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Lifestyles

Bill encourages transparency in medical costs

The health plan put forward by Rep. Rob Schaaf would require doctors to inform patients of different prices.

BOONE LIFE: Satin & Chenille enchant through the power of love duets

The most elaborate item on the bandstand stage at CAT 3 television studios on the Stephens College campus was a simple black lectern — the kind one finds in high school music rooms and cheap hotel conference areas. Often overlooked, a lectern will typically lead an anonymous life lest it find itself bestowed with a national seal or a religious emblem.

Centennial: Health care

As we celebrate 100 years of the Missourian, we look back at 100 years of health care in our third issue of our Centennial special section.

Missouri Foundation for Health awards nearly $400,000 to six mid-Missouri organizations

Grant recipients plan to use the money to provide improved health care opportunities for area residents.

Huzzah! '50 foot robot' wins film competition

Film competition gives teams 48 hours to create films about local bands, network and learn.

BOONE LIFE: Guitar Hero Tournament rocks Columbia

Families lined up around the block for the second Guitar Hero Tournament on March 15 at the Blue Note.

Belief in brief: Passover

Psalms: Tools for prayer

Theologians say the answer to why psalms are so powerful lies in their variety, emotional honesty and occasional bluntness.

African art exhibit is ‘all about what you don’t see’

Ghanaian-born artist El Anatsui illustrates his provocative use of found-object art in his first U.S. solo show.

How to pick the perfect pillow

Pillow History

Pillows can be traced as far back as Mesopotamia (today’s Iraq) and ancient Egypt. Head rests were found in pharaohs’ tombs. Early versions were for the privileged and rich, according to “Really Useful: The Origins of Everyday Things” by Joel Levy, but they were hardly cushy. Most were solid wood, carved or curved slightly in the middle.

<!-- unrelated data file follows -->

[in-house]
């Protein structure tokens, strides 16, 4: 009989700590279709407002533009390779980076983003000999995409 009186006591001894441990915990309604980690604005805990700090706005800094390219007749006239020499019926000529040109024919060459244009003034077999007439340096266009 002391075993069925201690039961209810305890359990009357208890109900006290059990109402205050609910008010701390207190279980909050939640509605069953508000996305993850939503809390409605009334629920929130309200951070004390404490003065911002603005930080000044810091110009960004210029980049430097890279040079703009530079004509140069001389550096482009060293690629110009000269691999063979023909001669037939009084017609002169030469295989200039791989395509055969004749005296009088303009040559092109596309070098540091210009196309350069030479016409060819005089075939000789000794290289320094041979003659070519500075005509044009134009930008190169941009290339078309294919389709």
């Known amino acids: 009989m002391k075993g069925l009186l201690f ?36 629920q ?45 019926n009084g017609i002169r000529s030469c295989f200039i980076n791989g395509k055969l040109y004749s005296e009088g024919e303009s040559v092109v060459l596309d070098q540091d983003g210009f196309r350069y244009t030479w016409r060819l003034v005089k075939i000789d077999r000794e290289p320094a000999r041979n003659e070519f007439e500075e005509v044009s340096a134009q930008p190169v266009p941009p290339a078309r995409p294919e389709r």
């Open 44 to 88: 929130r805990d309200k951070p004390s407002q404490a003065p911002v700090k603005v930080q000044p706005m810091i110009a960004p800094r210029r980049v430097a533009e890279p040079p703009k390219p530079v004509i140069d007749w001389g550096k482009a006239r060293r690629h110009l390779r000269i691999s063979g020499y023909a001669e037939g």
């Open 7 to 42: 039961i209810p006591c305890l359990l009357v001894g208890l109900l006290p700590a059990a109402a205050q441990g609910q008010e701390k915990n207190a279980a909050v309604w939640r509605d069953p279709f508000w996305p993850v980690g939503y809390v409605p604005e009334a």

Strings, saxophones take top Plowman prizes

Jasper String Quartet of Rice University in Houston won the $5,000 grand prize in the third annual Plowman Chamber Music Competition. The third annual Plowman, which began Friday, attracted 26 ensembles representing 20 universities from across the country.

You know you're from Columbia if...

In Columbia, many people have been here for years, others for just a few months.

Some are just here to attend school, some chose this town to be their home.

But whether you’ve settled here for life or just for a couple of years, the question is this: How well do you know Columbia?

The Missourian asked at least 25 people what makes the city special and collected 15 ways to know you’re a die-hard Columbian.

Belief in brief: Orthodox Easter

Imam merges American roots and Islamic faith

Ronald Smith, the new imam at the Islamic Center of Central Missouri, talks about his role in the Muslim community, how he found faith and the influence his wife has had on his life.

Facts about Islam

Islam is one of the world’s fastest growing religions.

Bunraku - Telling stories through puppeteering

Members of the Bunraku Bay Puppet Troupe reveal their bruised and swollen hands after a demonstration of traditional Japanese puppetry. The strings and pulleys used to manipulate the puppets’ limbs cause visible wear and tear on their skin.

“They can be kind of hard to manipulate for 40 minutes on end when you’re just holding it up with one arm,” said troupe member and MU senior Brett Windhausen.

Doctors will receive guidelines regarding cancer costs

The American Society of Clinical Oncology is writing guidelines to help doctors become aware of the affordability of cancer treatment options.

Six New Life Community Church parishioners baptized on Easter Sunday

The Rev. Thomas Ragsdell baptized four children and two adults.

City to farm: The Dougherty family

On the phone, Debbie Dougherty reassures her father she will pick up the medicine for the animals on the way home.

Not the type of academic conversation one would expect for such a well-regarded MU professor of communications.

Debbie and her husband, Tom Clark, are academics, but they are also farmers. They live in Williamsburg, approximately 31 miles from farmhouse porch to her office door in Switzler Hall.

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